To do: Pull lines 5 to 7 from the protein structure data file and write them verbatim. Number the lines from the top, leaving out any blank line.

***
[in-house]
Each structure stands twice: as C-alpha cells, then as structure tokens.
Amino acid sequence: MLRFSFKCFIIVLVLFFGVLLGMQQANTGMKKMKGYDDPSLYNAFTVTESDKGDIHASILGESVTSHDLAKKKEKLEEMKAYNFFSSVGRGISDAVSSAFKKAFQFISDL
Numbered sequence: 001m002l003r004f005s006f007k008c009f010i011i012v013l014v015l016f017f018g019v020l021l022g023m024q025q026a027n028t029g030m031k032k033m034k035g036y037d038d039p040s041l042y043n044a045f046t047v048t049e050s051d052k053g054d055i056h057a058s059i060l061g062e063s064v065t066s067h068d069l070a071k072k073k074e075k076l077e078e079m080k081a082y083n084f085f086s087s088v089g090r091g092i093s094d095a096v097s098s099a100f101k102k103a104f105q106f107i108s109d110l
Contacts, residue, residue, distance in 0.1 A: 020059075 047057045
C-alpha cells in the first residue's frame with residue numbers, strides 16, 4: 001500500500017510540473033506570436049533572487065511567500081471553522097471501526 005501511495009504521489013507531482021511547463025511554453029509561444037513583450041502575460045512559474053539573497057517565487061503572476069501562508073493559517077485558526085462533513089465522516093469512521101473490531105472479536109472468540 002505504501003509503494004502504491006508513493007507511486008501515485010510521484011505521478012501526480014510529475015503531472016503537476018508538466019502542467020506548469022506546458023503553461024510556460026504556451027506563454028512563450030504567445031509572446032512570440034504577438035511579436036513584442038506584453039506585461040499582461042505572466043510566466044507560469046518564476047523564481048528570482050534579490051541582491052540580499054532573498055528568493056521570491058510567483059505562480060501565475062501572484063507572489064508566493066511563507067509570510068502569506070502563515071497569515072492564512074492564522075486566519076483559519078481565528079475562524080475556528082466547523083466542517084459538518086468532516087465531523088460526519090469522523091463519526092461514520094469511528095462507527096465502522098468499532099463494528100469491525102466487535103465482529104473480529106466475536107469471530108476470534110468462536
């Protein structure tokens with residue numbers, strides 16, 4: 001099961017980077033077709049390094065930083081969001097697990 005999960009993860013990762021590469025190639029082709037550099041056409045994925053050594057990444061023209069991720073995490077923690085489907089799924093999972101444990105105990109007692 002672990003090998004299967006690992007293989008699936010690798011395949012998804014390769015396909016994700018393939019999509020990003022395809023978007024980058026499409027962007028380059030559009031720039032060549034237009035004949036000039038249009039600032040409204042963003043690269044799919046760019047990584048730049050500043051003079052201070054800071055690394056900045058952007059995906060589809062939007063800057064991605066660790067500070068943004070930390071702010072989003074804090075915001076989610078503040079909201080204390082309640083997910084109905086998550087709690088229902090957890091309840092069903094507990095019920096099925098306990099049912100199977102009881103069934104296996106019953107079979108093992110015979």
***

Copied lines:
Contacts, residue, residue, distance in 0.1 A: 020059075 047057045
C-alpha cells in the first residue's frame with residue numbers, strides 16, 4: 001500500500017510540473033506570436049533572487065511567500081471553522097471501526 005501511495009504521489013507531482021511547463025511554453029509561444037513583450041502575460045512559474053539573497057517565487061503572476069501562508073493559517077485558526085462533513089465522516093469512521101473490531105472479536109472468540 002505504501003509503494004502504491006508513493007507511486008501515485010510521484011505521478012501526480014510529475015503531472016503537476018508538466019502542467020506548469022506546458023503553461024510556460026504556451027506563454028512563450030504567445031509572446032512570440034504577438035511579436036513584442038506584453039506585461040499582461042505572466043510566466044507560469046518564476047523564481048528570482050534579490051541582491052540580499054532573498055528568493056521570491058510567483059505562480060501565475062501572484063507572489064508566493066511563507067509570510068502569506070502563515071497569515072492564512074492564522075486566519076483559519078481565528079475562524080475556528082466547523083466542517084459538518086468532516087465531523088460526519090469522523091463519526092461514520094469511528095462507527096465502522098468499532099463494528100469491525102466487535103465482529104473480529106466475536107469471530108476470534110468462536
């Protein structure tokens with residue numbers, strides 16, 4: 001099961017980077033077709049390094065930083081969001097697990 005999960009993860013990762021590469025190639029082709037550099041056409045994925053050594057990444061023209069991720073995490077923690085489907089799924093999972101444990105105990109007692 002672990003090998004299967006690992007293989008699936010690798011395949012998804014390769015396909016994700018393939019999509020990003022395809023978007024980058026499409027962007028380059030559009031720039032060549034237009035004949036000039038249009039600032040409204042963003043690269044799919046760019047990584048730049050500043051003079052201070054800071055690394056900045058952007059995906060589809062939007063800057064991605066660790067500070068943004070930390071702010072989003074804090075915001076989610078503040079909201080204390082309640083997910084109905086998550087709690088229902090957890091309840092069903094507990095019920096099925098306990099049912100199977102009881103069934104296996106019953107079979108093992110015979």